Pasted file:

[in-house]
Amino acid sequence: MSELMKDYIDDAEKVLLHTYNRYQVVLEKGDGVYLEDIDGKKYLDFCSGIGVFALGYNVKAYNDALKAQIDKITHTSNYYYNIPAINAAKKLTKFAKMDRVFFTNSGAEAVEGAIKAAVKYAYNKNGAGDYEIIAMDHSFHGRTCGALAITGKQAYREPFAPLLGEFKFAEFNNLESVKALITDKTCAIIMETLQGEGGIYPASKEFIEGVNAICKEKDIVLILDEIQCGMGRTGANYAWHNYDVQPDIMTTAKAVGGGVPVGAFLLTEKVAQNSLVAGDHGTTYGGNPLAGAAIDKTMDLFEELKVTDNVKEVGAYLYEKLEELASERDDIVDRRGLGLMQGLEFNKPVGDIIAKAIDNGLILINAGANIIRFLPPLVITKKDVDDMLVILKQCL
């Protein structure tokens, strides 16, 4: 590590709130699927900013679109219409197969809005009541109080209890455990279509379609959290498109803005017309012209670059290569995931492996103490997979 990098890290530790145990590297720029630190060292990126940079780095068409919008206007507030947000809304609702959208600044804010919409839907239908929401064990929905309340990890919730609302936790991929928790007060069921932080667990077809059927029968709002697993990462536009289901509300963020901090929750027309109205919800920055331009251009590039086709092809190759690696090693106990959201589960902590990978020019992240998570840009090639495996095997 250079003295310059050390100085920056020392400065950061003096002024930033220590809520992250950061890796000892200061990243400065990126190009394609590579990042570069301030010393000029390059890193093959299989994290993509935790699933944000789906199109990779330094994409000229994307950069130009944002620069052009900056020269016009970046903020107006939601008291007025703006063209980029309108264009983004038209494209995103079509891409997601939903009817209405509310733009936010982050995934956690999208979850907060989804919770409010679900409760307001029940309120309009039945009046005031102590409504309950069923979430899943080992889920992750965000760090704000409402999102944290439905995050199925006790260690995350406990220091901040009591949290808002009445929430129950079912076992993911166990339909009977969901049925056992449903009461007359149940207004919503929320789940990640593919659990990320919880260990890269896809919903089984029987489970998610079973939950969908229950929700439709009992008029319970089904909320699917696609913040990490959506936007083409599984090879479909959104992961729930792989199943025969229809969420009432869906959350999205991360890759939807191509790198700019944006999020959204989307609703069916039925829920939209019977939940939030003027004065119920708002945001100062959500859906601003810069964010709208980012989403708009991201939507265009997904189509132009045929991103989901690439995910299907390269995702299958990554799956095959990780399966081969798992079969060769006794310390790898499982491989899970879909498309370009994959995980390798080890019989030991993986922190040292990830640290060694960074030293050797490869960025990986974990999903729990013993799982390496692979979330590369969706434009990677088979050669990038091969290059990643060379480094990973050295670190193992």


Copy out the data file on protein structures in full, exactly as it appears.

[in-house]
Amino acid sequence: MSELMKDYIDDAEKVLLHTYNRYQVVLEKGDGVYLEDIDGKKYLDFCSGIGVFALGYNVKAYNDALKAQIDKITHTSNYYYNIPAINAAKKLTKFAKMDRVFFTNSGAEAVEGAIKAAVKYAYNKNGAGDYEIIAMDHSFHGRTCGALAITGKQAYREPFAPLLGEFKFAEFNNLESVKALITDKTCAIIMETLQGEGGIYPASKEFIEGVNAICKEKDIVLILDEIQCGMGRTGANYAWHNYDVQPDIMTTAKAVGGGVPVGAFLLTEKVAQNSLVAGDHGTTYGGNPLAGAAIDKTMDLFEELKVTDNVKEVGAYLYEKLEELASERDDIVDRRGLGLMQGLEFNKPVGDIIAKAIDNGLILINAGANIIRFLPPLVITKKDVDDMLVILKQCL
């Protein structure tokens, strides 16, 4: 590590709130699927900013679109219409197969809005009541109080209890455990279509379609959290498109803005017309012209670059290569995931492996103490997979 990098890290530790145990590297720029630190060292990126940079780095068409919008206007507030947000809304609702959208600044804010919409839907239908929401064990929905309340990890919730609302936790991929928790007060069921932080667990077809059927029968709002697993990462536009289901509300963020901090929750027309109205919800920055331009251009590039086709092809190759690696090693106990959201589960902590990978020019992240998570840009090639495996095997 250079003295310059050390100085920056020392400065950061003096002024930033220590809520992250950061890796000892200061990243400065990126190009394609590579990042570069301030010393000029390059890193093959299989994290993509935790699933944000789906199109990779330094994409000229994307950069130009944002620069052009900056020269016009970046903020107006939601008291007025703006063209980029309108264009983004038209494209995103079509891409997601939903009817209405509310733009936010982050995934956690999208979850907060989804919770409010679900409760307001029940309120309009039945009046005031102590409504309950069923979430899943080992889920992750965000760090704000409402999102944290439905995050199925006790260690995350406990220091901040009591949290808002009445929430129950079912076992993911166990339909009977969901049925056992449903009461007359149940207004919503929320789940990640593919659990990320919880260990890269896809919903089984029987489970998610079973939950969908229950929700439709009992008029319970089904909320699917696609913040990490959506936007083409599984090879479909959104992961729930792989199943025969229809969420009432869906959350999205991360890759939807191509790198700019944006999020959204989307609703069916039925829920939209019977939940939030003027004065119920708002945001100062959500859906601003810069964010709208980012989403708009991201939507265009997904189509132009045929991103989901690439995910299907390269995702299958990554799956095959990780399966081969798992079969060769006794310390790898499982491989899970879909498309370009994959995980390798080890019989030991993986922190040292990830640290060694960074030293050797490869960025990986974990999903729990013993799982390496692979979330590369969706434009990677088979050669990038091969290059990643060379480094990973050295670190193992």